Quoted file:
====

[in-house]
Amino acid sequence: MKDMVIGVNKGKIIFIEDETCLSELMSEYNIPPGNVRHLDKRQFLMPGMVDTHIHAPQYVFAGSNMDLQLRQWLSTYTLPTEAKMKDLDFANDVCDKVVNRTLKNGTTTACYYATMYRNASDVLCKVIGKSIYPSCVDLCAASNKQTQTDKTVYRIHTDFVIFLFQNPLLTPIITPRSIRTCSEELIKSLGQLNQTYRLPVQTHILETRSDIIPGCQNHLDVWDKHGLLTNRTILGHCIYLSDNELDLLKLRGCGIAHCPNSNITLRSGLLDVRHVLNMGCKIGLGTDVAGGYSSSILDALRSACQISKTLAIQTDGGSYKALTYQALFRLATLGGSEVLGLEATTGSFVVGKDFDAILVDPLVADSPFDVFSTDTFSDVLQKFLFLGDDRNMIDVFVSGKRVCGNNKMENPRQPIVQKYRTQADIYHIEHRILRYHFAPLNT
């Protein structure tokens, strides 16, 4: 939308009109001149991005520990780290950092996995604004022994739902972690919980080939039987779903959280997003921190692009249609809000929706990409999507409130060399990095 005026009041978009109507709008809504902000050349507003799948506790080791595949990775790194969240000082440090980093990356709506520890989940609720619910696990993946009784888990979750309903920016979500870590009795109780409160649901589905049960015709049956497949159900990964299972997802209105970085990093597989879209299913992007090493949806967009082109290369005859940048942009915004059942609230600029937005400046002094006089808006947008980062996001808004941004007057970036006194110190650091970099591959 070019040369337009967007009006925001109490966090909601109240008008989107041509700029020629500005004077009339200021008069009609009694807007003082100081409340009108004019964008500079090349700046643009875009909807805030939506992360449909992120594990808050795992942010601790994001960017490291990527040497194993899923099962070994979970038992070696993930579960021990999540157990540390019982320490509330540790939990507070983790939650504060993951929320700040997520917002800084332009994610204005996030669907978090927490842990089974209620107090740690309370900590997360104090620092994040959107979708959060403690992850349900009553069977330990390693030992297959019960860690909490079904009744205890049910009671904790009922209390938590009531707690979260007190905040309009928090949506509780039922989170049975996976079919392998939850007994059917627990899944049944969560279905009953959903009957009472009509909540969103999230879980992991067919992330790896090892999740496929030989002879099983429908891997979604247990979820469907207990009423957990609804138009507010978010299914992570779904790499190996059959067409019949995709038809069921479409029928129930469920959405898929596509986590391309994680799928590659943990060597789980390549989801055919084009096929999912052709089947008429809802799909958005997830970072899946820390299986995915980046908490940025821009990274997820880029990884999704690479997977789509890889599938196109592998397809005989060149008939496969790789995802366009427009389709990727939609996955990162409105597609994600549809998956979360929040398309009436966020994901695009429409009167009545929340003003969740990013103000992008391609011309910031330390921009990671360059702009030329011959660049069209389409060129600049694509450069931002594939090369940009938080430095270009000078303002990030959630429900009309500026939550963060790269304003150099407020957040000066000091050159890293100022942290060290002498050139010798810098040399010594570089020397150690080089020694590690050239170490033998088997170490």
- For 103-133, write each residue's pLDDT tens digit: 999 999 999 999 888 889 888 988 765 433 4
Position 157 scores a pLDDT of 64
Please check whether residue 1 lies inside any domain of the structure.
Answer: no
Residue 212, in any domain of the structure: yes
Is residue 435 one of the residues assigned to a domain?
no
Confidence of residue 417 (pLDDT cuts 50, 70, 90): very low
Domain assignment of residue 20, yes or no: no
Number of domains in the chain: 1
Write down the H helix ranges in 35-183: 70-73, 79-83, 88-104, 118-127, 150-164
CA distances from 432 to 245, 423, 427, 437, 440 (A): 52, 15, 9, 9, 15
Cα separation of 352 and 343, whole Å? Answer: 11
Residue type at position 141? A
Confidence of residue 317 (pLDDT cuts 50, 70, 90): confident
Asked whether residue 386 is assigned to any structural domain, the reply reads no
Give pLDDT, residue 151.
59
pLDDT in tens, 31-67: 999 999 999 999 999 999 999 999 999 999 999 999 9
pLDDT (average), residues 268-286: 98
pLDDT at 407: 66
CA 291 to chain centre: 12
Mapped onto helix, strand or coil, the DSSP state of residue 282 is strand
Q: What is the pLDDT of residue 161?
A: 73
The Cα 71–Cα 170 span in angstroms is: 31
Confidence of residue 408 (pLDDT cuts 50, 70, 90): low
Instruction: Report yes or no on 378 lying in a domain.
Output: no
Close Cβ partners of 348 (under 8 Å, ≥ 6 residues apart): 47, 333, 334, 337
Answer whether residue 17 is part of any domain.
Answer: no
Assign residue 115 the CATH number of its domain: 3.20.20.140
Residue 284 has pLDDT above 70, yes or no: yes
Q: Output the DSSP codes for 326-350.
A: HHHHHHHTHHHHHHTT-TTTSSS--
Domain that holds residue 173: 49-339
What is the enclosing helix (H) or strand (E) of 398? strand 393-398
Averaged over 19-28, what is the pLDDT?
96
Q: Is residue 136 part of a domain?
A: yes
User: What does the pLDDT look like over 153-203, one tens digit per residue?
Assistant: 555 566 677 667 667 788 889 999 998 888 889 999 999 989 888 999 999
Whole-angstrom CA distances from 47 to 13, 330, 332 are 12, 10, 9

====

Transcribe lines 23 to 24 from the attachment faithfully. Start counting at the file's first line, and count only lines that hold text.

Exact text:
pLDDT (average), residues 268-286: 98
pLDDT at 407: 66